La Jolla (website) (map) has the most beautiful coastline in San Diego and is your best bet for an afternoon or day at the beach or exploring the coast. La Jolla Shores beach is all-round the nicest beach in the area with excellent swimming, changing rooms, easy parking, harmless leopard sharks (at the south end of the beach on incoming tides), kayak and surf/SUP board rental shops one block away, etc. You can explore the rocky La Jolla Cove with its coastal trail, sea caves, and baby seals at Children’s Beach. You can also browse the shops, galleries and restaurants in trendy upscale La Jolla Village, or visit the excellent Birch Aquarium which is part of the Scripps Institution of Oceanography. A little further north the adventurous can find the Knoll at Scripps Coastal Reserve, a hidden gem with awesome views from the top of the 350ft+ sea cliffs (the highest in Southern California) and Torrey Pines State Reserve for hiking and exploring.
Mission Beach (website) (map) is the epicenter of beach culture in San Diego. It’s a peninsula with the ocean and lively boardwalk on one side, and peaceful Mission Bay Park on the other. Charming alleyways with tiny beach houses cross the peninsula. Mission Bay has a great bike/jogging path around the lovely Sail Bay in its northwest corner. Just to the north is the busy Pacific Beach commercial area and Crystal Pier, and just north of there is the quieter Pacific Beach, with its mellow surfing scene. This area is not as swimming friendly as La Jolla Shores because of the heavy shore break. A nice place to eat with a sea view is JRDN restaurant in the strikingly modern Tower 23 Hotel. You can rent sailboats, kayaks, and SUP boards, for use on Mission Bay, at the Mission Bay Sports Center. Belmont Park in the south part of Mission Bay is touristy and not recommended. For the adventurous a lovely long walk is to head north along Mission Beach, go up the steps at the far north end of Pacific Beach, and then walk through the Bird Rock neighborhood with its hidden coastal access paths to Windansea Beach.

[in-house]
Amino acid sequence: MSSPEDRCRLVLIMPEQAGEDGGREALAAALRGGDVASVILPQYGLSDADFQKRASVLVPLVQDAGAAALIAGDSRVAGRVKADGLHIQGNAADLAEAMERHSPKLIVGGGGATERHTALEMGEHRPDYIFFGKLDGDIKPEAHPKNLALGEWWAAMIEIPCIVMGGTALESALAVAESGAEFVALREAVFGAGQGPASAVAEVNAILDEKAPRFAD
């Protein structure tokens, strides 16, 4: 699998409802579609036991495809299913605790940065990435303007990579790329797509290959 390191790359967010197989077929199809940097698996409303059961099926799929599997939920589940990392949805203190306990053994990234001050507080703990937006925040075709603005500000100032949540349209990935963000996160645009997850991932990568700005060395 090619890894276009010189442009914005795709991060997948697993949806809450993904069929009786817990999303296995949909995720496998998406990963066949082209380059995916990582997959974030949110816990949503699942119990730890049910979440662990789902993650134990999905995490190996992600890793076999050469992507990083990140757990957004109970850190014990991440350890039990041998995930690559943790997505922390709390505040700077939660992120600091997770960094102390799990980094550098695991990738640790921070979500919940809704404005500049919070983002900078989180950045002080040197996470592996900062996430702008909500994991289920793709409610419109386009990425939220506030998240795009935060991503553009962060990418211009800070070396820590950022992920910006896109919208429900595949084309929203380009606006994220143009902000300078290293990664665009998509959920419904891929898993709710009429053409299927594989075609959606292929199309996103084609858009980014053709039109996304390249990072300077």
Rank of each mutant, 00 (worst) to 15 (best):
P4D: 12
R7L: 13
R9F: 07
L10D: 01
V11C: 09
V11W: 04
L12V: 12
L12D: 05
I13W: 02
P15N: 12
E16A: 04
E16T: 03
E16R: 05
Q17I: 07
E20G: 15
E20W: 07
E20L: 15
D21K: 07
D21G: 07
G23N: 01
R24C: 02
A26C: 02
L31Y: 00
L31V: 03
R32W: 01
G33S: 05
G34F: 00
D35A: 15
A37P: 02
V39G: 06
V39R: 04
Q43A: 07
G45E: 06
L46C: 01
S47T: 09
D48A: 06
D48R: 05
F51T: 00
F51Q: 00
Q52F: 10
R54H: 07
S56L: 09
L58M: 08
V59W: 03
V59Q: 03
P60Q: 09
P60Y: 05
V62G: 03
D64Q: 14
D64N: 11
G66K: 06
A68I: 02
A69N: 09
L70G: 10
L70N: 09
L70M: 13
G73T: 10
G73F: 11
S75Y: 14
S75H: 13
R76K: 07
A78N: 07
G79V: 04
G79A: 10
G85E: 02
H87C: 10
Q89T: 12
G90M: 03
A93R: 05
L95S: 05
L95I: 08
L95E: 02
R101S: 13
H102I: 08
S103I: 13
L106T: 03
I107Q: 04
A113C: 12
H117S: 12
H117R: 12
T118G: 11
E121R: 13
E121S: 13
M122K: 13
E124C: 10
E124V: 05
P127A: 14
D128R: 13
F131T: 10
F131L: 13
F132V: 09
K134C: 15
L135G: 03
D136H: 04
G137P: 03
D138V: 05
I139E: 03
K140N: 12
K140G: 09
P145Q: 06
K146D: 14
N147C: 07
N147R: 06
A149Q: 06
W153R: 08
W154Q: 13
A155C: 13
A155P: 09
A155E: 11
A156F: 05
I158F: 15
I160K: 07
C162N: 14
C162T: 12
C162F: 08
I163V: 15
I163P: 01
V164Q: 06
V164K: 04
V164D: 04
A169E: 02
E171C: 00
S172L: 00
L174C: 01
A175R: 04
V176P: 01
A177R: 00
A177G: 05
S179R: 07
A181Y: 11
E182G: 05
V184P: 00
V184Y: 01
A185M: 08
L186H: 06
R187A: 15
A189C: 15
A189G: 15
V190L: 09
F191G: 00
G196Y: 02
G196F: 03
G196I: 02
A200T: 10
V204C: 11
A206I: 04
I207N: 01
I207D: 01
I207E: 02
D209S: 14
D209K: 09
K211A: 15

How to get to La Jolla and Mission Beach without a car: A yellow cab can work especially if you have a group. Or take bus route 30 which leaves downtown San Diego up to 4 times an hour and goes to Pacific Beach, La Jolla Village, and La Jolla Shores. Alternatively take the Blue line trolley north from downtown or Green line trolley west from Mission Valley to the Old Town Transit Center. At Old Town, bus route 8 goes to Pacific Beach via Mission Beach, bus route 9 goes to Pacific Beach via SeaWorld San Diego, and you can also pick up bus route 30 to Pacific Beach and La Jolla. A $5 day pass is good for all trolleys and bus routes.
Note: shuffle your feet while wading at La Jolla Shores or Mission Bay to avoid treading on a sting ray. They are common in the summer.
Have a great time at the conference!
As we were making our way up the pebble walkway to the Karl Strauss brewery, we knew it was going to be a really good night for a Dev Meet Up. We had our buddy Tim Craig from the Esri’s La Jolla office there to help us out, John Helly as our keynote speaker, and some awesome lightning talks planned for our attendees.